Watercolor is amazingly portable. I enjoy casein, but I don’t have a portable kit that folds up to the size of a phone like I do with watercolor. Casein dries out quickly like acrylic, and it spoils, too, so my choice for everyday painting is watercolor.
I’ve painted this doorway twice. On the left is a 3.5″x5″ painting, while in the center is a 9″x12″. Both have their pluses and minuses. The left is too dark, and some of the color became muddy, while the center has nicer color variation, detail, and value. However, I think the overhang is far better on the left than the center. It’s interesting that I failed to capture perspective with both. I loved painting with this method, however. It involves layering in primary colors to gain luminosity and depth.
On a whim, I bought a child’s Melissa & Doug watercolor kit. After trying the colors, I emptied it and replaced them with my six Daniel Smith Essentials kit, which consists of warm and cool blues, reds, and yellows. You can see how I put the pigments into the left, center, and right circles on both lines, and created a mix of two in between. The single circles on the bottom have all three warm on the left, which made brown, and all three cools on the right, which made black. I didn’t mix greens because I like to vary them so much–plus, I ran out of room. This was super fun. I hadn’t thought about pre-mixing my commonly mixed colors before, if that makes any sense.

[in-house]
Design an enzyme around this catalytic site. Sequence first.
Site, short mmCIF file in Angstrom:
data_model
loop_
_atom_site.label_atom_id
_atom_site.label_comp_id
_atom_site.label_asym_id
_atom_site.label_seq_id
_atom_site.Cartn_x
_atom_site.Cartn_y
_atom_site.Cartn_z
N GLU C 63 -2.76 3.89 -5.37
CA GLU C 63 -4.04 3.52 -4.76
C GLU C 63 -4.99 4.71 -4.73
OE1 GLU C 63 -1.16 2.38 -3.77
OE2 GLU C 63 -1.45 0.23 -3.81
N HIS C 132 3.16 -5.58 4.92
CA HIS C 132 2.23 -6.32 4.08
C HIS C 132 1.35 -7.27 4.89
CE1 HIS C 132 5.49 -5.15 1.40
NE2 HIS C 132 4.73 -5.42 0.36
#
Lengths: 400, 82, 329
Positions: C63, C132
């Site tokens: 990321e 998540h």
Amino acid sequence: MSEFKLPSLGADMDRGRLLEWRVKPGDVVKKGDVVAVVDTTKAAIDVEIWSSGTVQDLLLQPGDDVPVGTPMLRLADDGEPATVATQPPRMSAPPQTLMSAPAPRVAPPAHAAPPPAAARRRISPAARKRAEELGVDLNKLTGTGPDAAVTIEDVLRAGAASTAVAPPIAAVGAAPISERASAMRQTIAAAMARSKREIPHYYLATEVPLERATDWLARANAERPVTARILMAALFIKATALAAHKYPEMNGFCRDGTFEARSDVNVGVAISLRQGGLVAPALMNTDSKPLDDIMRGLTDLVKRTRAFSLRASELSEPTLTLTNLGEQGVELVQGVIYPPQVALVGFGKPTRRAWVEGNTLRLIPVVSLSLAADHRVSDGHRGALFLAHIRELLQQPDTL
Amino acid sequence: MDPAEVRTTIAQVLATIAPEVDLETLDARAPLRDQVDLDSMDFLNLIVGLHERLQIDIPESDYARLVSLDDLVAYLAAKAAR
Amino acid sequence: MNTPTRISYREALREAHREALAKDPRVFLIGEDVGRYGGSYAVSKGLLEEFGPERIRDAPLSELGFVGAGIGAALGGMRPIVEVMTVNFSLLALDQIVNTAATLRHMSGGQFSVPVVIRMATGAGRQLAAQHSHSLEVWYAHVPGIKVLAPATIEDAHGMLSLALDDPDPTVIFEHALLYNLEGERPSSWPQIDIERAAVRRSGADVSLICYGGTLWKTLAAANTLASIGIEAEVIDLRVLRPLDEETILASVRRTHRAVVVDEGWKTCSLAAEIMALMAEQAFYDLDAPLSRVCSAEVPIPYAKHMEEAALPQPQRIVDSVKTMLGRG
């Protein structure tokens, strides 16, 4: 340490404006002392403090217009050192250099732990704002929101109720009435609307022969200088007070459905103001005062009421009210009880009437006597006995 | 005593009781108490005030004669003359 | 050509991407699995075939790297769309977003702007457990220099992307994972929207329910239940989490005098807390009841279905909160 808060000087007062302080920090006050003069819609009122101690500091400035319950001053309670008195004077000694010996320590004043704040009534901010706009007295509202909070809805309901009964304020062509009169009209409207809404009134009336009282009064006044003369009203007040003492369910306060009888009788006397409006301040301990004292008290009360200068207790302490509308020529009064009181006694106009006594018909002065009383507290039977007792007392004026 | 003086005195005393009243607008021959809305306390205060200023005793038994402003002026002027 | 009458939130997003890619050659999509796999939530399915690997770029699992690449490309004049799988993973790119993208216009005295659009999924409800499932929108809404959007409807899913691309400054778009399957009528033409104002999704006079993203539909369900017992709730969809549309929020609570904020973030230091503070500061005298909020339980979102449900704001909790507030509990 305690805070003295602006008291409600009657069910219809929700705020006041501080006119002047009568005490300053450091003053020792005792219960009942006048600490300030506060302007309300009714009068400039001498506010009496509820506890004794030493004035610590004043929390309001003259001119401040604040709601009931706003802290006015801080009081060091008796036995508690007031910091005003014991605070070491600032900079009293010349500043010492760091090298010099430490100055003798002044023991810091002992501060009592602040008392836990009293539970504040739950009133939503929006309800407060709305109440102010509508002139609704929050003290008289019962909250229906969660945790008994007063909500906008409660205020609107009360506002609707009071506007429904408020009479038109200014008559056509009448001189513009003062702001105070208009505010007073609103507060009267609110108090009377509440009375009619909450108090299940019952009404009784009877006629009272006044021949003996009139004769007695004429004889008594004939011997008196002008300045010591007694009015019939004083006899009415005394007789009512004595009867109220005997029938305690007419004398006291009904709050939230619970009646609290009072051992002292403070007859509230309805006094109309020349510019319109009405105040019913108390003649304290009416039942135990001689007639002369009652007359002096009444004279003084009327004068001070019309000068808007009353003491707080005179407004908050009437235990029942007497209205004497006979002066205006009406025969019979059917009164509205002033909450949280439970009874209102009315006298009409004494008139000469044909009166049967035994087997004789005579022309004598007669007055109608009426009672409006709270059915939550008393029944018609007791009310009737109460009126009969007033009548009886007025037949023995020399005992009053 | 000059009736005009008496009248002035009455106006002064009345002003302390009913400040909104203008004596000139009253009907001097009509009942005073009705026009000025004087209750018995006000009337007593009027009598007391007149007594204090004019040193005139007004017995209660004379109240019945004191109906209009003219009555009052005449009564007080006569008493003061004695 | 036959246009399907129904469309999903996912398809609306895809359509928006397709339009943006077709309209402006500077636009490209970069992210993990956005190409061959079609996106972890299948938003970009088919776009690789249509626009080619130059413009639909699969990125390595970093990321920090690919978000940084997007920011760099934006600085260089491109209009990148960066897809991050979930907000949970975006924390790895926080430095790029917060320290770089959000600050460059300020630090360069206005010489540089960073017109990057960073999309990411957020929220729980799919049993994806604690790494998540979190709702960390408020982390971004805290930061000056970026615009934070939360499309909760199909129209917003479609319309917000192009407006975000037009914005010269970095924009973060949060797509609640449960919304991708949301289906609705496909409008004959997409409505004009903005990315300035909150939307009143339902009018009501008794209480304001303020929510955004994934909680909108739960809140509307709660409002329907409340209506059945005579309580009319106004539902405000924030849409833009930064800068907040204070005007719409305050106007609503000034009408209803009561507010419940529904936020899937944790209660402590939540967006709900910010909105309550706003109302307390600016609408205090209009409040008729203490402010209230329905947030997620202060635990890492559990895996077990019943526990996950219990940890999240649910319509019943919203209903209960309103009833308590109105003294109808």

Here’s my former Melissa & Doug kit with it’s new Daniel Smith pigments. Don’t they look awesome? I now have four palettes I use regularly.
Below are two attempts at painting barges on the Mississippi River. Both are from photos. My goal was to use the brush in a way that leaves sparkles on water.
Little landscapes from my mind and a few plein air attempts on the bottom.
Water, bridges, water sparkles… and grapes.